School Makes 7-YO Autistic Boy Wear Fluorescent Bib As A "Sign" Of His Condition, Mother Demands Action

School Makes 7-YO Autistic Boy Wear Fluorescent Bib As A "Sign" Of His Condition, Mother Demands Action

A 7-year-old boy was made to wear a fluorescent bib as a "sign" of autism. Furious mother takes legal action against school authorities.

A school is a place that should help in the growth of any child regardless of his strength or weakness. Every child deserves to be treated equally with respect from their teachers and classmates. A school is undeniably a place that shapes the mindset of a child. But what if it decides to discriminate a student for his condition?

A 7-year-old student from Cherry Lane Primary School had to undergo such an unfortunate treatment from his school. Charlie, an autistic child from West Drayton, London, was made to wear a fluorescent bib in school to signal his condition. Furious by the school's action to discriminate her son, Joanne Logan, the mother has taken Cherry Lane Primary School to a disability tribunal.


In an incident that occurred in February 2018, Charlie, an year 1 student informed his mother that he was wearing a bib at school during his break hours. He told her that his teachers had insisted on him wearing the fluorescent bib during his breaks. Joanne Logan, who knew that her kid was not allowed to go out in breaks because of the accusations of hurting other children, was furious by the school's action to deal with her child's disability in such a manner.

"I knew during lunch break he's not always allowed out because he has been accused of hurting the other children, I know there's an issue there which the school has to work with me on. But they seem to think the best way to deal with it is to make him wear a bib so that teachers know that he's autistic," said Joanne to the Daily Mail.

Upset by the incident, the mother of five called the event disgusting and discriminatory. She also criticized the school's action and stated that Charlie was the only kid who was made to wear a bib out of the 700 pupils that studied in Cherry Lane Primary School. She also added that she instructed her son to never put on a bib even if the teachers insisted.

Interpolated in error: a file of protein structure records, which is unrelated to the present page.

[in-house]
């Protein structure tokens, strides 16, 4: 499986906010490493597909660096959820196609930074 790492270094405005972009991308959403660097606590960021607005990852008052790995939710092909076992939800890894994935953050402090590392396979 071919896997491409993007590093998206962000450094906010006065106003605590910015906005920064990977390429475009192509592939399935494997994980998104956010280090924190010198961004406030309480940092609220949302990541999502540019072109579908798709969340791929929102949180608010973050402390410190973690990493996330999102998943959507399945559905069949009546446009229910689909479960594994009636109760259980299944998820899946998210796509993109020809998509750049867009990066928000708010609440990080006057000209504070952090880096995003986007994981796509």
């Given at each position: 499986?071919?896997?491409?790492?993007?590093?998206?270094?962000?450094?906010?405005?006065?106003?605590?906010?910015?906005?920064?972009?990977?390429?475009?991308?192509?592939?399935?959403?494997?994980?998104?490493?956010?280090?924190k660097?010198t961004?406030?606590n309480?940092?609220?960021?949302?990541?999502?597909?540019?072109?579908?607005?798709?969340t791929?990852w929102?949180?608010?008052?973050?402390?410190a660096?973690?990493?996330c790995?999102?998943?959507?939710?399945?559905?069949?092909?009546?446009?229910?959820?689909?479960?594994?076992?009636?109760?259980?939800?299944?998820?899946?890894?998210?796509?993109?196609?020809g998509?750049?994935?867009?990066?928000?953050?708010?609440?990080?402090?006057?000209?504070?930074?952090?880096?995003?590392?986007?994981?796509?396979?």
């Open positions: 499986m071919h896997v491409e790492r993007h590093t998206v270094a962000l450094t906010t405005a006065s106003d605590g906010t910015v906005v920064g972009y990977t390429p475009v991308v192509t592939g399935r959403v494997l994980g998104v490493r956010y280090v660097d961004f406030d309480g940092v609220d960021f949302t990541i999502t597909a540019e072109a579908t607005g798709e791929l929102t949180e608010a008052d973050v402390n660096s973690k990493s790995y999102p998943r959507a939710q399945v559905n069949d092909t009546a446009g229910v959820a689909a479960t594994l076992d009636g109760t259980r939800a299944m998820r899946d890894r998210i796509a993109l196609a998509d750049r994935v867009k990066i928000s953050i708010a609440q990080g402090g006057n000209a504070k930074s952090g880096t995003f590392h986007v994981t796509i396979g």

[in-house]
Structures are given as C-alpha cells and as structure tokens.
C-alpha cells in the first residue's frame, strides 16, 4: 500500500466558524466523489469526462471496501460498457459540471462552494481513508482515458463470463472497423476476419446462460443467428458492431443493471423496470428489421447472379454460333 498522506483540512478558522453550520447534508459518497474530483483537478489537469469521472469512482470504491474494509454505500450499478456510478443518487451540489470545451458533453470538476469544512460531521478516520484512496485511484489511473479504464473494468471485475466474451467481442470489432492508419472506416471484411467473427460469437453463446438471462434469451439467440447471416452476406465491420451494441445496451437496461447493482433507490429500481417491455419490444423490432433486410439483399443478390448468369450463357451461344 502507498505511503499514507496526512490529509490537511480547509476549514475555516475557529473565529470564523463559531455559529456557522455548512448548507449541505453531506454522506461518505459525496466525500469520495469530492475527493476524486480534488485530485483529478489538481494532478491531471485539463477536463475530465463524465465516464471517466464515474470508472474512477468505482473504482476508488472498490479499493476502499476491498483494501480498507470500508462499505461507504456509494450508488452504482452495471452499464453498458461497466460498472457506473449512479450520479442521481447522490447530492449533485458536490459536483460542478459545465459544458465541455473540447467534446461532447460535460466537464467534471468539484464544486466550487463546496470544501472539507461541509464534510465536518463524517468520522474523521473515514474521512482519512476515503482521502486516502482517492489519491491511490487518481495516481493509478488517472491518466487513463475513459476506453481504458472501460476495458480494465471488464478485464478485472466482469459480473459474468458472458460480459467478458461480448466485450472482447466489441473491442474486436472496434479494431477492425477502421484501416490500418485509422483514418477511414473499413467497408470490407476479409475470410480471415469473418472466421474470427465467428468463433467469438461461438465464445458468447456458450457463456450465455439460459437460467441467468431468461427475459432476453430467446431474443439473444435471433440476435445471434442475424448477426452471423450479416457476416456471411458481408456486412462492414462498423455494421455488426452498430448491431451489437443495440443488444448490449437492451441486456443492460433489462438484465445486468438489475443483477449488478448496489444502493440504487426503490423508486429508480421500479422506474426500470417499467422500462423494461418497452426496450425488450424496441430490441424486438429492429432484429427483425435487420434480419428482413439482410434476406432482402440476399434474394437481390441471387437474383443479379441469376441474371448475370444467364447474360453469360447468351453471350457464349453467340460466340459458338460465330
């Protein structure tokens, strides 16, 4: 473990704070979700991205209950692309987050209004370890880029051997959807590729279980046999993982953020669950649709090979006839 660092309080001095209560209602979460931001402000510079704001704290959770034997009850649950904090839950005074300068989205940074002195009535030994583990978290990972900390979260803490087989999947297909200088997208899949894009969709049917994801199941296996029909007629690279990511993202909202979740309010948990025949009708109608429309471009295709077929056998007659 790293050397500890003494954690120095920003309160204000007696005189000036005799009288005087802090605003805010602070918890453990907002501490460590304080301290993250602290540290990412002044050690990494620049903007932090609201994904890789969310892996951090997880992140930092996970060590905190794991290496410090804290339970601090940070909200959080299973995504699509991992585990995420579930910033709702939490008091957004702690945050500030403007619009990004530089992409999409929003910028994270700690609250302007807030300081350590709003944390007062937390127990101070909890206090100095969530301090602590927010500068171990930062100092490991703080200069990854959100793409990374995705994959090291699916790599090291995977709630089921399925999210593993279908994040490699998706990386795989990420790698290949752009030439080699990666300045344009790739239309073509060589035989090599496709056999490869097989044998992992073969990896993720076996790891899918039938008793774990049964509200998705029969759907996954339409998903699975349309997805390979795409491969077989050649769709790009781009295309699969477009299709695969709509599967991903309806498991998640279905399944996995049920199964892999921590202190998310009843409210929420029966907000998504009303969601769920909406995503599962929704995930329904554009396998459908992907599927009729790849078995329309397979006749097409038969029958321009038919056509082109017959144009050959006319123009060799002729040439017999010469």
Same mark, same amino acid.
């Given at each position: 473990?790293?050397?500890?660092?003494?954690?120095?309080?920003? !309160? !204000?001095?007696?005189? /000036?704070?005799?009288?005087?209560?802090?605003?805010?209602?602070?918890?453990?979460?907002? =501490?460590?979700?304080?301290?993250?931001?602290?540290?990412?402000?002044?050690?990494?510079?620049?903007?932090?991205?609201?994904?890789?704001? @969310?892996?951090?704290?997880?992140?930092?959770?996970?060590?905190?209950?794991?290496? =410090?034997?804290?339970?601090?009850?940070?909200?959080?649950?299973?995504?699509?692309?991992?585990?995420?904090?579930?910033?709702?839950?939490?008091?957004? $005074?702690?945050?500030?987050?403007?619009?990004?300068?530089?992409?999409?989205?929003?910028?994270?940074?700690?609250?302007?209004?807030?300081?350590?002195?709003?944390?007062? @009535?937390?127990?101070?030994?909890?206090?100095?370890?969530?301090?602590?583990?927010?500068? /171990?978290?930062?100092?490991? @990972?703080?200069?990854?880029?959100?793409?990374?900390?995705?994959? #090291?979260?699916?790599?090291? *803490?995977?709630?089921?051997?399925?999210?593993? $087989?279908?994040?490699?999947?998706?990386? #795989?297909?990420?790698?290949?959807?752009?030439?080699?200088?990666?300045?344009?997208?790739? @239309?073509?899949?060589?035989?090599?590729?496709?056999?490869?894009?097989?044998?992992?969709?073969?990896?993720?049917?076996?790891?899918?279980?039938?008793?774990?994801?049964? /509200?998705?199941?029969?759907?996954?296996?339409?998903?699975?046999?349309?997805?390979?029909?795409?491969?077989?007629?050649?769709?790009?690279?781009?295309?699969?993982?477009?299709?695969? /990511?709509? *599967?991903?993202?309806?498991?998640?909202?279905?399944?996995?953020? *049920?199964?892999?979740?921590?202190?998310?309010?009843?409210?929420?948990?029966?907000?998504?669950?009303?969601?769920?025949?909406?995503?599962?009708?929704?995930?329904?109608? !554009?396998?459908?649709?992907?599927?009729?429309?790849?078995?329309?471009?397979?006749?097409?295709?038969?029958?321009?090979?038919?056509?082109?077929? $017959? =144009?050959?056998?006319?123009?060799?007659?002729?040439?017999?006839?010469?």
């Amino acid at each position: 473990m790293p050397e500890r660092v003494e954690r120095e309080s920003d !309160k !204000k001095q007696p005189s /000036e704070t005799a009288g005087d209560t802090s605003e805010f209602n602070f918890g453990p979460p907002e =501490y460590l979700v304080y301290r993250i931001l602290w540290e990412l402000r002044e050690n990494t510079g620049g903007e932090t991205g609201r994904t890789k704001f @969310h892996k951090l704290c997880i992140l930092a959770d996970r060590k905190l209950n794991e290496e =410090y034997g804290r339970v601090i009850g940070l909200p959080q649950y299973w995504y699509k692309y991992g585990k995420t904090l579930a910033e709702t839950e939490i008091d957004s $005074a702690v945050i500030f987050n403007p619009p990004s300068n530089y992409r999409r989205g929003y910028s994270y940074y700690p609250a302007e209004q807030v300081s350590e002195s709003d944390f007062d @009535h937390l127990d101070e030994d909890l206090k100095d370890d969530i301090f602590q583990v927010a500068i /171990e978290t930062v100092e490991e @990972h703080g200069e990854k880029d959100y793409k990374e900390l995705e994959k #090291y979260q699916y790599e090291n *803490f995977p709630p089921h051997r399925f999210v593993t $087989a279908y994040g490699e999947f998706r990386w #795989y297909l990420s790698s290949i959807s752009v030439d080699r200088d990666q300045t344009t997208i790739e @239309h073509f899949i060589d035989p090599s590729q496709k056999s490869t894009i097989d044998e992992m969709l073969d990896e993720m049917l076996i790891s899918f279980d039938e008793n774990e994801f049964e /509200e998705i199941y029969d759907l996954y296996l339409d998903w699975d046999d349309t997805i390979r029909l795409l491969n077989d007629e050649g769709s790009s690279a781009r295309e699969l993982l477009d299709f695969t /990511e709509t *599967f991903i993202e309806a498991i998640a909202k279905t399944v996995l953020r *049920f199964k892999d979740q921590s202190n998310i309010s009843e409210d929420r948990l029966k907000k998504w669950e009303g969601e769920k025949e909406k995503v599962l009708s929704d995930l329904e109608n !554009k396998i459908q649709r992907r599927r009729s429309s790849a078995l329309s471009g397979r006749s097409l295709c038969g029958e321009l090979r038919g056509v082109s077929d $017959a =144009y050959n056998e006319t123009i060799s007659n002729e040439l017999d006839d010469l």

The headteacher Stephen Whitehouse who responded to the issues raised by Joanne said that the bib was only meant for medical emergencies and was a signal to the child's disability. He added that it was a preventive measure to identify anything in case of an emergency.

Following a meeting with the headmaster, Charlie was no longer required to wear a bib but the school insisted that they had informed the mother before the action. However, Joanne denies the statement made by the school authorities.

A spokesman of the Cherry Lane Primary School said that parents are "always consulted" before actions are taken in regards to the needs of their children. The school also added that it had no problems in changing any decisions in case of disagreements from the parents' side. The school stated that it would work with them to figure out the best course of action.


The mother of a daughter and three other boys --- Brendan, 18, Leighton, 16, and TJ, 12 who are also diagnosed on the autistic spectrum, Joanne Logan clashed with the education authorities several times in regard to the treatment of her autistic kids. The determined mother has resorted to legal action to force the Hillingdon Borough Council to put them on an educational support plan.

Joanne believes that it is her responsibility to fight against the injustice and hopes that her legal proceeding against the school would be helpful for other parents with autistic kids.



"I just want to make sure that no other autistic child needs to be put through what we did. It needs to be challenged --- and if this case, if it’s won, it could change that. I have had a lot of people say they’ve had similar. It can affect a child as they get older --- they realize they’re different," said Joanne.